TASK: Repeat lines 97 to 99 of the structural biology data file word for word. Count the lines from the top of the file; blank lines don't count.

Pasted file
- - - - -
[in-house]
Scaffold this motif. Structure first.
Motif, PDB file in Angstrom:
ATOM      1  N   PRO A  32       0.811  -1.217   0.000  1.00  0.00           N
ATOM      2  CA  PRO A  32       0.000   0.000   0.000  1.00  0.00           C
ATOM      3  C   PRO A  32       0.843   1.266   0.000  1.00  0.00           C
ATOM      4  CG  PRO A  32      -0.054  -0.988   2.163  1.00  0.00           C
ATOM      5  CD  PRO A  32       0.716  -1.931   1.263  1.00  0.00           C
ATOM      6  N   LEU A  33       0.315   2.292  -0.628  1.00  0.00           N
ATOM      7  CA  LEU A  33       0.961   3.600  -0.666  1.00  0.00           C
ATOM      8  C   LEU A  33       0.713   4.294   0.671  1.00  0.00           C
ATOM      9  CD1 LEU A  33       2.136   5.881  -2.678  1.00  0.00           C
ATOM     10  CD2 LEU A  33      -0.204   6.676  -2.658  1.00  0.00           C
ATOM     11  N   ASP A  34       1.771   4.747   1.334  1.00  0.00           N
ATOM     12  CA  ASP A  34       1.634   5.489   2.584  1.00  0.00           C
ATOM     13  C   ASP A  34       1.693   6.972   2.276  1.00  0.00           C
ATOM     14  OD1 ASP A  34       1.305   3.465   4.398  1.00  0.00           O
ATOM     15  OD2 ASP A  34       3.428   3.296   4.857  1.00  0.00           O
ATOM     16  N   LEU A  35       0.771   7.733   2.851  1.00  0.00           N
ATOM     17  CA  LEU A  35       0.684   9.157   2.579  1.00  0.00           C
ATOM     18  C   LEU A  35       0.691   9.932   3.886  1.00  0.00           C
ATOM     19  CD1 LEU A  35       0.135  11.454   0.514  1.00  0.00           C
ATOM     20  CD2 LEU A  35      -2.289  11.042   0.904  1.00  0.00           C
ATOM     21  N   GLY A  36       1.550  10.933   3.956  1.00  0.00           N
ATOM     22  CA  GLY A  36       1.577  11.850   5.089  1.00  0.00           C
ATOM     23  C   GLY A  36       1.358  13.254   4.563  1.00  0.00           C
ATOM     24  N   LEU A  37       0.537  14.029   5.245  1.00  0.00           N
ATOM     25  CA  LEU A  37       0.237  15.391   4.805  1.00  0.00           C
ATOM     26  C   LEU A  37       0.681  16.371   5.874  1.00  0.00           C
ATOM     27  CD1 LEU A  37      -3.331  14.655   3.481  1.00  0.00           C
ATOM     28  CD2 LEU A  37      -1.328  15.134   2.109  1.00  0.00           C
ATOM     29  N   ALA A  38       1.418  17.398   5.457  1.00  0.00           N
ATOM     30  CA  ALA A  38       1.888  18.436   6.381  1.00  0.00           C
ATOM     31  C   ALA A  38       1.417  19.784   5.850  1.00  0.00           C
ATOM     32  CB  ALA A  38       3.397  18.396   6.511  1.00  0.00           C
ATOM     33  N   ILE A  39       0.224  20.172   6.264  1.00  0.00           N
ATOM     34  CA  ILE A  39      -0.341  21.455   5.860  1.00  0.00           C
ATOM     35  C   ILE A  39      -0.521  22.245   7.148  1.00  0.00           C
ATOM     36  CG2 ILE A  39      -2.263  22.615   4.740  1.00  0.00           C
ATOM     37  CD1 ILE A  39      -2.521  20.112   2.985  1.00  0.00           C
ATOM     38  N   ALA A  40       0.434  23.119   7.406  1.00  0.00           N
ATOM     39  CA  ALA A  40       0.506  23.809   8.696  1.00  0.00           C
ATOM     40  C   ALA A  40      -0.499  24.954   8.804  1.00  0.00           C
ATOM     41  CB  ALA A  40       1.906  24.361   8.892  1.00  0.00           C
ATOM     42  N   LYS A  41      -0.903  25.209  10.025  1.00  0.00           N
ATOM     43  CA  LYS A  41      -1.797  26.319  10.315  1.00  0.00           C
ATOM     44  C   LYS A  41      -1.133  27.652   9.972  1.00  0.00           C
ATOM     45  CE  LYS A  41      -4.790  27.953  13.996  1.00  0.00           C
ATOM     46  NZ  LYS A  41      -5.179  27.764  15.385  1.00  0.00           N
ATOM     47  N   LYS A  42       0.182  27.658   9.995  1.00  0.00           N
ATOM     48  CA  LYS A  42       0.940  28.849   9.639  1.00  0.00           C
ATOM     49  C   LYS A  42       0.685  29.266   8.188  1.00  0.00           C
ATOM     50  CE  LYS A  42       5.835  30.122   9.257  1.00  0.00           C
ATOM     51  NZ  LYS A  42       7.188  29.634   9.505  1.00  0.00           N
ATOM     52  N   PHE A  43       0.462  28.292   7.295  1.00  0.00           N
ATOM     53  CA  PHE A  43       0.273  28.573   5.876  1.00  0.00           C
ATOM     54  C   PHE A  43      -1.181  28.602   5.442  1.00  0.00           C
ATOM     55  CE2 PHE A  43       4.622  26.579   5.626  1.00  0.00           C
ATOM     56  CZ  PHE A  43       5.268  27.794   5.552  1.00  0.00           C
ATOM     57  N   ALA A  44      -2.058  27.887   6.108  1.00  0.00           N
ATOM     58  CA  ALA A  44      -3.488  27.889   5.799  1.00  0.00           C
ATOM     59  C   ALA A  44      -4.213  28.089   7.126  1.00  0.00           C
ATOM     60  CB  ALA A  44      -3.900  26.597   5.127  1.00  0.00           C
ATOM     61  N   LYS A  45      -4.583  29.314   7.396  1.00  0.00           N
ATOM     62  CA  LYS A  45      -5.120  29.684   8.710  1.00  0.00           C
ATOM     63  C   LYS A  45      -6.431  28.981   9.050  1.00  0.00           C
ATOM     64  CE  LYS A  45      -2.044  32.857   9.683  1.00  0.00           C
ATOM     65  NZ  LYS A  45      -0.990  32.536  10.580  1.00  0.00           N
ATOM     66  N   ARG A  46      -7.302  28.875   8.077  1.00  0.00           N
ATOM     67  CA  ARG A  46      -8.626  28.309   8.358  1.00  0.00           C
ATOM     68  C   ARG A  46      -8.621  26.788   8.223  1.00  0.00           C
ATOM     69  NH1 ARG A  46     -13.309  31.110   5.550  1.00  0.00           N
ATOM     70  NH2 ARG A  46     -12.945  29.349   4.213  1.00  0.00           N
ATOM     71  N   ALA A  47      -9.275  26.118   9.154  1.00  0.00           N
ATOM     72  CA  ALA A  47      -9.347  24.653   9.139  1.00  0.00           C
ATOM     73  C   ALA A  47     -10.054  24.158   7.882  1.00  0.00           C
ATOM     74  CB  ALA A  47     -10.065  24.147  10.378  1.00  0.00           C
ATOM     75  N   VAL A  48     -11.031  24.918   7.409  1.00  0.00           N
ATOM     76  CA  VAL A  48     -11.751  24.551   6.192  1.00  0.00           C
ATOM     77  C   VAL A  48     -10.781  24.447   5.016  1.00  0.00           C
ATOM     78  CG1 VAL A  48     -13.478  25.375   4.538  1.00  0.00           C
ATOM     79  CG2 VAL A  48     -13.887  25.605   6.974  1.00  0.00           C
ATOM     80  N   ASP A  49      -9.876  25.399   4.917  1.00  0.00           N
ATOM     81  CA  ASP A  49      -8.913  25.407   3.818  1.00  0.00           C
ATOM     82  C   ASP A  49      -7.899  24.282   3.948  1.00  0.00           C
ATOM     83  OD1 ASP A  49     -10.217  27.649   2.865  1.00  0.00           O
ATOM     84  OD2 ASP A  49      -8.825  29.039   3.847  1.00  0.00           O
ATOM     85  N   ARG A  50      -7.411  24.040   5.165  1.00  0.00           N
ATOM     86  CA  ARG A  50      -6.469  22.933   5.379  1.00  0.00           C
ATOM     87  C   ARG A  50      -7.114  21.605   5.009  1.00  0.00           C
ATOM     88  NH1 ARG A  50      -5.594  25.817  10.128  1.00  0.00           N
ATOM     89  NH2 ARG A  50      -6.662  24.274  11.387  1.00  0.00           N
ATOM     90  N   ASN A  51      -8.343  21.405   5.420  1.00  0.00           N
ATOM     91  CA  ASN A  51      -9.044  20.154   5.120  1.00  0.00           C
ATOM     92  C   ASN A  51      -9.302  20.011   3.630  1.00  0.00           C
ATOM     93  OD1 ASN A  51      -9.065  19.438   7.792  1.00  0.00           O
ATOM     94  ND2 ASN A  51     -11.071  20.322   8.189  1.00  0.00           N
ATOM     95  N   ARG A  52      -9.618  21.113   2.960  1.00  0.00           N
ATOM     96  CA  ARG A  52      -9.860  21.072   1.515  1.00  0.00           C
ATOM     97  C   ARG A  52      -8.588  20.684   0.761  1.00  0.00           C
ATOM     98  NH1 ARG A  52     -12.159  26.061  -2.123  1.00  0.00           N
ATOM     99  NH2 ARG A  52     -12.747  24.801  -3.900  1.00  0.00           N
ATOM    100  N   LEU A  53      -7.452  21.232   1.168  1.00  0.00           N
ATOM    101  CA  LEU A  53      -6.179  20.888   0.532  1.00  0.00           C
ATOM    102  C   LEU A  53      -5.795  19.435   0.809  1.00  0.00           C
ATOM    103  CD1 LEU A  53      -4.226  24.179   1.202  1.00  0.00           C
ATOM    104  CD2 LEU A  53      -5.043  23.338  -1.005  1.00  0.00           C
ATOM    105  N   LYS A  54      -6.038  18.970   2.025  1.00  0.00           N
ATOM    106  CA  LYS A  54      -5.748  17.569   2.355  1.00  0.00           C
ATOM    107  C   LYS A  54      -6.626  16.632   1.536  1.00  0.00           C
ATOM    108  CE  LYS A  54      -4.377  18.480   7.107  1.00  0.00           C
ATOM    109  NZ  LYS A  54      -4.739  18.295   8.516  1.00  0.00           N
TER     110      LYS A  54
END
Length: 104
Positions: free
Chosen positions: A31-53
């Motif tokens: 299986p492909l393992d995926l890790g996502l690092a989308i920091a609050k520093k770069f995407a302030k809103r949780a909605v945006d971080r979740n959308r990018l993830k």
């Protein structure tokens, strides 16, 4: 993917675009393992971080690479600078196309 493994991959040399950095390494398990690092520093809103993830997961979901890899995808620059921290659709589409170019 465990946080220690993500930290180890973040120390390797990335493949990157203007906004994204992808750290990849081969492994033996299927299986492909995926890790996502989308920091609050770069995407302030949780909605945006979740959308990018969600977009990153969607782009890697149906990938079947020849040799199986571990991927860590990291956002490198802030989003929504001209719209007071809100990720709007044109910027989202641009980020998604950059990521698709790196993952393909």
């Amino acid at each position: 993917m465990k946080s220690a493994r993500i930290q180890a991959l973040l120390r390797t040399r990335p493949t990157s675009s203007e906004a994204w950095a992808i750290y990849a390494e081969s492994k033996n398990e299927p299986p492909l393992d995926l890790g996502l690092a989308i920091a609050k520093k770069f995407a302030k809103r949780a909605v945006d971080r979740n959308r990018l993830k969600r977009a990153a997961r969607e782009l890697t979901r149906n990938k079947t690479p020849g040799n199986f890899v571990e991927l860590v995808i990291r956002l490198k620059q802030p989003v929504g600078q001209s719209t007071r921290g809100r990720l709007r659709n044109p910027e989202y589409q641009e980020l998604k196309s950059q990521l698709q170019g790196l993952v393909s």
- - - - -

ATOM     94  ND2 ASN A  51     -11.071  20.322   8.189  1.00  0.00           N
ATOM     95  N   ARG A  52      -9.618  21.113   2.960  1.00  0.00           N
ATOM     96  CA  ARG A  52      -9.860  21.072   1.515  1.00  0.00           C